I definitely rolled my eyes when I first heard that about Light Girls. While I enjoyed Bill Duke’s Dark Girls, did we really need to be reminded of light skin privilege? Ouch. I have nothing against those with light skin, but I think my initial response to the film came from a place of hurt that I thought was long gone. I wasn’t thrilled about the sequel because I wasn’t sure if it would solve anything. However, I genuinely wanted to hear what light girls had to say about colorism in hopes to spark a new conversation.
Twenty minutes into the documentary, something about it was not sitting right with me and I couldn’t figure out why. Maybe it was the fact that I was hearing the stories that I expected—Dark girls were always bullying light girls, some Black men view light-skinned women as trophies and the shocker, dark-skinned women are ok to date, but it helps if they make up for it with their physical features. I just could not understand the point of this film.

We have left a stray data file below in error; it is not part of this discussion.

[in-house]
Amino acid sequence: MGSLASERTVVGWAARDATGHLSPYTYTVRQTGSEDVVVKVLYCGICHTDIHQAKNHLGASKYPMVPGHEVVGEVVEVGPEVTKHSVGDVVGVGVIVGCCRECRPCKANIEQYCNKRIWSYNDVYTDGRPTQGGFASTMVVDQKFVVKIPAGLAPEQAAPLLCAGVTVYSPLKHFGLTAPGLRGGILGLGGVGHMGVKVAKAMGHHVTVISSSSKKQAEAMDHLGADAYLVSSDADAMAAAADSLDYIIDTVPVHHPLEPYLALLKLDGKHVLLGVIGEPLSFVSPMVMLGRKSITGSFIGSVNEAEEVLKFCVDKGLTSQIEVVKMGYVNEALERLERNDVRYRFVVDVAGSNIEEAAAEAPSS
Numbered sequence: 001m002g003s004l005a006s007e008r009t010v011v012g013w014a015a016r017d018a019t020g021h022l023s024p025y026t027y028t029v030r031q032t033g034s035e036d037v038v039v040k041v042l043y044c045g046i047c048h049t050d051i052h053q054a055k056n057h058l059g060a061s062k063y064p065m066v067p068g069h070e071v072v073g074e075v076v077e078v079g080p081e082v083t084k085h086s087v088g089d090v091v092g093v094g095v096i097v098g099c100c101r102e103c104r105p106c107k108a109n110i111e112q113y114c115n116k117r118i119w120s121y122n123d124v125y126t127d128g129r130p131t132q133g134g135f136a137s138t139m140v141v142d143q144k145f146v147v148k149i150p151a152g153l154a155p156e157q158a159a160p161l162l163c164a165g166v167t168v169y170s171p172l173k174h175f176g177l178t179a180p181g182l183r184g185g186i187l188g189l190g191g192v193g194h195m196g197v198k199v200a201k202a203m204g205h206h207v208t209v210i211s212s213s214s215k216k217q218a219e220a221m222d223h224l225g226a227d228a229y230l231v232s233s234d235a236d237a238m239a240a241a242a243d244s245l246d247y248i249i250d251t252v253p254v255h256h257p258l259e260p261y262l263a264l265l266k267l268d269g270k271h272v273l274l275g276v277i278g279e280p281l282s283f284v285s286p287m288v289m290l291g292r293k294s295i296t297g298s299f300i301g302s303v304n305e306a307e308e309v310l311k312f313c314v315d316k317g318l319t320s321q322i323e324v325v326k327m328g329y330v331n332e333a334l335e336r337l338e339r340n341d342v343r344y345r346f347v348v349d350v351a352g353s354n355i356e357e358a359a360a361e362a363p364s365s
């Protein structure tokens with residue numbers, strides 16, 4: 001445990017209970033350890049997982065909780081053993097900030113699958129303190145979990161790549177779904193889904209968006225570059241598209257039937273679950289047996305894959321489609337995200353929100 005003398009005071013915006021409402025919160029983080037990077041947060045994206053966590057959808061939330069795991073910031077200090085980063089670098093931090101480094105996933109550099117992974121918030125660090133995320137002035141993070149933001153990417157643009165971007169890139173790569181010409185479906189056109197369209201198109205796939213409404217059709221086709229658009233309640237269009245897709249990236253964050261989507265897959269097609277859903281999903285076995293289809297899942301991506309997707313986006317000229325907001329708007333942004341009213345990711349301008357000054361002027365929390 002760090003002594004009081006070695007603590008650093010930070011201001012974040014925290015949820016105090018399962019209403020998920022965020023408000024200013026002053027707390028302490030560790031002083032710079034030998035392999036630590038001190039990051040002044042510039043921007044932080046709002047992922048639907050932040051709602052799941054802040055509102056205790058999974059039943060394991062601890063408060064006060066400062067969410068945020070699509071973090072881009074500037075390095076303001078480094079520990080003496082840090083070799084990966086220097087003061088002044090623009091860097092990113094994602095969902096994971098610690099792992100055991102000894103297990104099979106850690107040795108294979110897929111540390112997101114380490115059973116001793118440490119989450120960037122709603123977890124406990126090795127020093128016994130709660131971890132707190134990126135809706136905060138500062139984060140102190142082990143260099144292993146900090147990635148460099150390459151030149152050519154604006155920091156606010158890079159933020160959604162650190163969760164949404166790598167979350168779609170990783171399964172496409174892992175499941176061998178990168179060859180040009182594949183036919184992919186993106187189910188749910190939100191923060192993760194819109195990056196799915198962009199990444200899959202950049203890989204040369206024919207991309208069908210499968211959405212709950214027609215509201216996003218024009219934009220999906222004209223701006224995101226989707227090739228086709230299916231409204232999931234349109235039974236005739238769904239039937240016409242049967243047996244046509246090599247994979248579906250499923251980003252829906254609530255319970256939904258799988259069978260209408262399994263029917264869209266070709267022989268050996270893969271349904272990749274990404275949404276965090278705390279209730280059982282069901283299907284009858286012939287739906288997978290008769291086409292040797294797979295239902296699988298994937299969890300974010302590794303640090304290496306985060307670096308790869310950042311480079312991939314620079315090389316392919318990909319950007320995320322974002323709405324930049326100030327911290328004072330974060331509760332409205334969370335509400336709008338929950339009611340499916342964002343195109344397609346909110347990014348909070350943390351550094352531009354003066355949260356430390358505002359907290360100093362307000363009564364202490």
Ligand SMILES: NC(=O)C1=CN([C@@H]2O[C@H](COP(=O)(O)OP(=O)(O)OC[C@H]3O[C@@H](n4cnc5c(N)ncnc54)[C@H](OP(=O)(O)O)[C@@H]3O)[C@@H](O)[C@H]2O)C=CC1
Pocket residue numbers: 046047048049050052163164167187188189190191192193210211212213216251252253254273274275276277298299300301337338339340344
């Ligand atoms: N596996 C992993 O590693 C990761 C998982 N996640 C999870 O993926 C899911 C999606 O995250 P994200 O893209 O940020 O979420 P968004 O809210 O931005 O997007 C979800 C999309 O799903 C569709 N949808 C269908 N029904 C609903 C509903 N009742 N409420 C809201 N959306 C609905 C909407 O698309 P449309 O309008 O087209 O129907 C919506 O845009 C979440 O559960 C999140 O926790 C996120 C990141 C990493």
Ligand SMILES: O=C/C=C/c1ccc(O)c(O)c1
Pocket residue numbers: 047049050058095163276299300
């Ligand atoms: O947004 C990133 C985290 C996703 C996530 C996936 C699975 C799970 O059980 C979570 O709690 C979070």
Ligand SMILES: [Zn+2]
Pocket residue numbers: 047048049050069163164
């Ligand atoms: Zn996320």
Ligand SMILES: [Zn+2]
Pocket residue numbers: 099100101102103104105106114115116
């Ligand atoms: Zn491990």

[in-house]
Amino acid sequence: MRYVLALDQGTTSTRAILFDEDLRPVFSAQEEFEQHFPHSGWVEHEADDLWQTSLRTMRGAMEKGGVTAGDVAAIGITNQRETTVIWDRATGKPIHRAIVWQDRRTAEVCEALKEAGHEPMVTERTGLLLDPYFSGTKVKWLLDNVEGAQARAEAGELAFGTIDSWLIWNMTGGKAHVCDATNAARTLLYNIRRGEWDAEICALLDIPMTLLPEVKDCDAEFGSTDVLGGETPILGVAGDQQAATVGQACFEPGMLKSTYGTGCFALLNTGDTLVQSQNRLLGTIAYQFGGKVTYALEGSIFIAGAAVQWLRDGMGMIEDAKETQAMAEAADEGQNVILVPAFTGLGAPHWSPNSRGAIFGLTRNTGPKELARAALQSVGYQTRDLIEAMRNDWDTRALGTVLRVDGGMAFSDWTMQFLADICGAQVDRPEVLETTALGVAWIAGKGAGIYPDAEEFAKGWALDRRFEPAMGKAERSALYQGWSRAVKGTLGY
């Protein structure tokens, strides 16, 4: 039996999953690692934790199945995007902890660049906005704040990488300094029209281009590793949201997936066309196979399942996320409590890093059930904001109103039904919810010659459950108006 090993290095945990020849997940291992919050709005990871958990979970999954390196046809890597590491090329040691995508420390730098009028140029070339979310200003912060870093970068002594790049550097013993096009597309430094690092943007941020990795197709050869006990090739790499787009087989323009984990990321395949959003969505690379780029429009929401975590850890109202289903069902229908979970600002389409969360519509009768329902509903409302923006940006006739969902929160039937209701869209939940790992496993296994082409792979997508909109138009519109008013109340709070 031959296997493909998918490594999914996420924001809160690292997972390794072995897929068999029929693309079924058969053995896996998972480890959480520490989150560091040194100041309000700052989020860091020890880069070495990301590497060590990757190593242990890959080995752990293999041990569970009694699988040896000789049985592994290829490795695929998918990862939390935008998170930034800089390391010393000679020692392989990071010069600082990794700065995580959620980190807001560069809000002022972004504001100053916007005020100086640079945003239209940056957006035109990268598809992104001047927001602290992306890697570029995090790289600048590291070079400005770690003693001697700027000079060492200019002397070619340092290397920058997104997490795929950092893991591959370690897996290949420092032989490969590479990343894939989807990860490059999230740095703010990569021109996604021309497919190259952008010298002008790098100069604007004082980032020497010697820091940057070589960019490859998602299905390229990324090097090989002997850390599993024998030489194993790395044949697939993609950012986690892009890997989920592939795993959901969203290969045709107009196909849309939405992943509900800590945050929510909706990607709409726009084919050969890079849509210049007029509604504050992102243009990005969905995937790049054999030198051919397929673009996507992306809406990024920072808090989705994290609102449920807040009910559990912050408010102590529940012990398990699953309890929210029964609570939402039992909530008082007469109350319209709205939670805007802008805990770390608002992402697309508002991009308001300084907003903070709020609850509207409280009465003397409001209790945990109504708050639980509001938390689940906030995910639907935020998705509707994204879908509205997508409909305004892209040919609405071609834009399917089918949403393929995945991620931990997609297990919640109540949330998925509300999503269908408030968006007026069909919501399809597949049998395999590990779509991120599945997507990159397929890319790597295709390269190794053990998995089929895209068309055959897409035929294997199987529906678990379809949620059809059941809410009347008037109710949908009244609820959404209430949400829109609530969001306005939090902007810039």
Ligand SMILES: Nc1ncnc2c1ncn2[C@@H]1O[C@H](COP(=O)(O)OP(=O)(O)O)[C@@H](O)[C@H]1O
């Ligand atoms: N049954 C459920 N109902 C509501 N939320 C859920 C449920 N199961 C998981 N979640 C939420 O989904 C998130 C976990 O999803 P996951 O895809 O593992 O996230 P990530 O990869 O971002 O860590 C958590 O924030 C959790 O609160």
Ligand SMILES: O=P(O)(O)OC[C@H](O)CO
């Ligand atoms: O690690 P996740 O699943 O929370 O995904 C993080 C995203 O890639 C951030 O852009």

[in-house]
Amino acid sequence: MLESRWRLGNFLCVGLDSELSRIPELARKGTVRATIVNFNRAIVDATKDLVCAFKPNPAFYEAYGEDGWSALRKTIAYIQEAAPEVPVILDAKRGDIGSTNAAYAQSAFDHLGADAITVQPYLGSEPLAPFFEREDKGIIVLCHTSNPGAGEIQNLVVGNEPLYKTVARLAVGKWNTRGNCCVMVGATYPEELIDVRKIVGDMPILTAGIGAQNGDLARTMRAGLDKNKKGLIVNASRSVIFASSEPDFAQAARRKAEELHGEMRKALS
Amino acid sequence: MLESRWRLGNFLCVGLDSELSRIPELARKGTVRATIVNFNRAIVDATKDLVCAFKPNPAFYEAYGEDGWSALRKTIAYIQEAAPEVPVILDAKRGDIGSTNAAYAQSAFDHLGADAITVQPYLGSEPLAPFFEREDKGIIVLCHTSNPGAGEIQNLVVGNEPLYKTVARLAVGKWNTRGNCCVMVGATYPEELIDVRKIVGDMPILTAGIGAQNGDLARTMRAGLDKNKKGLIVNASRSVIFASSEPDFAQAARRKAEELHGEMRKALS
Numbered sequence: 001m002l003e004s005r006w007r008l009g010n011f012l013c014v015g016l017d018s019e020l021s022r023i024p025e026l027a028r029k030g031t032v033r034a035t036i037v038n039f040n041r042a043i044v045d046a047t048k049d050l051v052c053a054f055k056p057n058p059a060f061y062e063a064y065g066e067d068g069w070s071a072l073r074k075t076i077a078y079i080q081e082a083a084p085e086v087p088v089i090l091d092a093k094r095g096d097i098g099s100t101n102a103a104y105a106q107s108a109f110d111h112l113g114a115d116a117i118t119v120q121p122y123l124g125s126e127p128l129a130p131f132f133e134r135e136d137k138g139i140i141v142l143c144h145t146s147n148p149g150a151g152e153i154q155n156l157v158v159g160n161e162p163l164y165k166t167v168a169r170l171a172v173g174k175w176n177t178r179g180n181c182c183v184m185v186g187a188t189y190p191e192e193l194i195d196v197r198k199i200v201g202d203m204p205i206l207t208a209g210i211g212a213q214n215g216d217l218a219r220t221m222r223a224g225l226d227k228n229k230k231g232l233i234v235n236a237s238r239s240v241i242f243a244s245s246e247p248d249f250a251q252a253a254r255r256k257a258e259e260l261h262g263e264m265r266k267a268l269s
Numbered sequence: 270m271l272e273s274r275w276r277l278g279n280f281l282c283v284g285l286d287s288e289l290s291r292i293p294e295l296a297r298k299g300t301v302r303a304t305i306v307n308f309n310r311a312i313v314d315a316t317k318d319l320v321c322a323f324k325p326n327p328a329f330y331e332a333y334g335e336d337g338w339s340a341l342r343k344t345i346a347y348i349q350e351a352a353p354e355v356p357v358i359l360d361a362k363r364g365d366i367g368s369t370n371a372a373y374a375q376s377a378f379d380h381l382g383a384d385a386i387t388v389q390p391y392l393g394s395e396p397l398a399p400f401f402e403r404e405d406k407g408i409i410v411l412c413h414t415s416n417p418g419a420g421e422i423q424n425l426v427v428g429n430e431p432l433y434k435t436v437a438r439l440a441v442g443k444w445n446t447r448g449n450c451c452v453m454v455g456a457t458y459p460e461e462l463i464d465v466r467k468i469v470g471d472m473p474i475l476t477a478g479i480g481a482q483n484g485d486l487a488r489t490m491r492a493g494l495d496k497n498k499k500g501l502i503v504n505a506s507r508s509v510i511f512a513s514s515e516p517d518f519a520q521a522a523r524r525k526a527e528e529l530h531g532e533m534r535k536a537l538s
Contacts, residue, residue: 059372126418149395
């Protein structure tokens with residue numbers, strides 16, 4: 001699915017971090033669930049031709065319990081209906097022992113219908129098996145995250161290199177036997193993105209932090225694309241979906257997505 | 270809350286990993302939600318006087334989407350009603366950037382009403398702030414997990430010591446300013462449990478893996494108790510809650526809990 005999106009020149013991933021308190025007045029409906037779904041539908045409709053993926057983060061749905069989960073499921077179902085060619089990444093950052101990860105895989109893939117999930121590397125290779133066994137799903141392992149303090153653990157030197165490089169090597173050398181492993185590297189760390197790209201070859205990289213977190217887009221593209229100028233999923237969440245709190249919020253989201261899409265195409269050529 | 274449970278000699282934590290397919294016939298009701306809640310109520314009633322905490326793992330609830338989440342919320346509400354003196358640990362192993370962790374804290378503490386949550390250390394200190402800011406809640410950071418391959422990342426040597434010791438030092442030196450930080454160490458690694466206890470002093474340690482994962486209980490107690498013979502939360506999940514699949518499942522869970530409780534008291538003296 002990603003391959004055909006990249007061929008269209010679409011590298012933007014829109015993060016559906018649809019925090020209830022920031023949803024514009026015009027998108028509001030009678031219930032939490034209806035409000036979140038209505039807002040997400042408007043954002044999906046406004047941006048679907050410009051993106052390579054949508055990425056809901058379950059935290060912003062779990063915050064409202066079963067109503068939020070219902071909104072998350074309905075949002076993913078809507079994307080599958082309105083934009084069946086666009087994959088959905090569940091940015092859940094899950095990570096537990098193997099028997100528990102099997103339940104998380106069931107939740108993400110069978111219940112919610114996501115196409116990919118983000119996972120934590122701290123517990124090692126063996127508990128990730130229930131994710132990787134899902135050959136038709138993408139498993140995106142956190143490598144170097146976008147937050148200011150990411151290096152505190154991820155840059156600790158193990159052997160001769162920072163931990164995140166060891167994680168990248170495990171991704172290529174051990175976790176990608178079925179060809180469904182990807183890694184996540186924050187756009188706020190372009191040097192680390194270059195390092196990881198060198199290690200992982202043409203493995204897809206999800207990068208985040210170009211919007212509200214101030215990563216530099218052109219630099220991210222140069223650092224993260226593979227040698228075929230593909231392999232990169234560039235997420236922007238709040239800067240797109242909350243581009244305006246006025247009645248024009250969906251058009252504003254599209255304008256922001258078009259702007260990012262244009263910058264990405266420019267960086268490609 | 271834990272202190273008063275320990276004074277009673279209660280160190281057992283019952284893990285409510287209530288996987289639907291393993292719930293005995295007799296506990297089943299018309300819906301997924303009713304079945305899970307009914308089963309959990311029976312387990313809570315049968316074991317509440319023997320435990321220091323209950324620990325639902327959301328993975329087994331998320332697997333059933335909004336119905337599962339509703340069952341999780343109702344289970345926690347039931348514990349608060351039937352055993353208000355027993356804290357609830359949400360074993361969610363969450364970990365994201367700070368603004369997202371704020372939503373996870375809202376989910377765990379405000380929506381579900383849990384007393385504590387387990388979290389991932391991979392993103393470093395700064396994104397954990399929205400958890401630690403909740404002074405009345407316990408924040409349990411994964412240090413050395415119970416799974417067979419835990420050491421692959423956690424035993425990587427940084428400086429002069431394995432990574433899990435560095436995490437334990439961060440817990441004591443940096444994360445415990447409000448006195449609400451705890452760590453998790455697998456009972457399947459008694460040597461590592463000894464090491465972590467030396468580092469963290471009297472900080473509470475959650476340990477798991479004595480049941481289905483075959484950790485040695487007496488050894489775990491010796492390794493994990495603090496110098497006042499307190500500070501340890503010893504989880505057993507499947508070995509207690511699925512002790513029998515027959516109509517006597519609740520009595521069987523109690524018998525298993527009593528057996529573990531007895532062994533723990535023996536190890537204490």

After watching that, I wasn’t sure if colorism would ever go away. Iyanla Vanzant said so eloquently that “the impact of colorism on young girls—light girls and dark girls—leaves scars on the soul that live well into womanhood.” I think this is the key to the problem. I’m not light-skinned, but I can imagine that it’s frustrating for people to always assume that you think you’re better because of your complexion or that you’re not black enough. For dark girls, you constantly hear that lighter is better and you spend your adolescent years (and for some, even adulthood) not feeling beautiful until you start to change the way you feel about yourself.
I think those scars from colorism are the reason why the division among the Black community is still prevalent today. It’s like we have this unspoken bond with those who share our skin tone, even though we’re all Black. Say what you want, but it’s exactly why some dark girls were elated when the world viewed Lupita Nyong’o as beautiful, why we love seeing Gabrielle Union and Tika Sumpter on our TV screens and why we let out a sigh of relief when we first saw that Michelle Obama was a chocolate sister.
I hate that this is still a topic of discussion and I don’t have the answers. However, I think the only way to start mending this issue is for everyone to start the healing process within themselves. Black is beautiful. Period.
Ashley White is a regular contributor at She Writes Life. When she isn’t unnecessarily shopping for home decor, you can find her thoughts on life, love and relationships here on She Writes Life. Follow her musings on Instagram @love_ashl3y.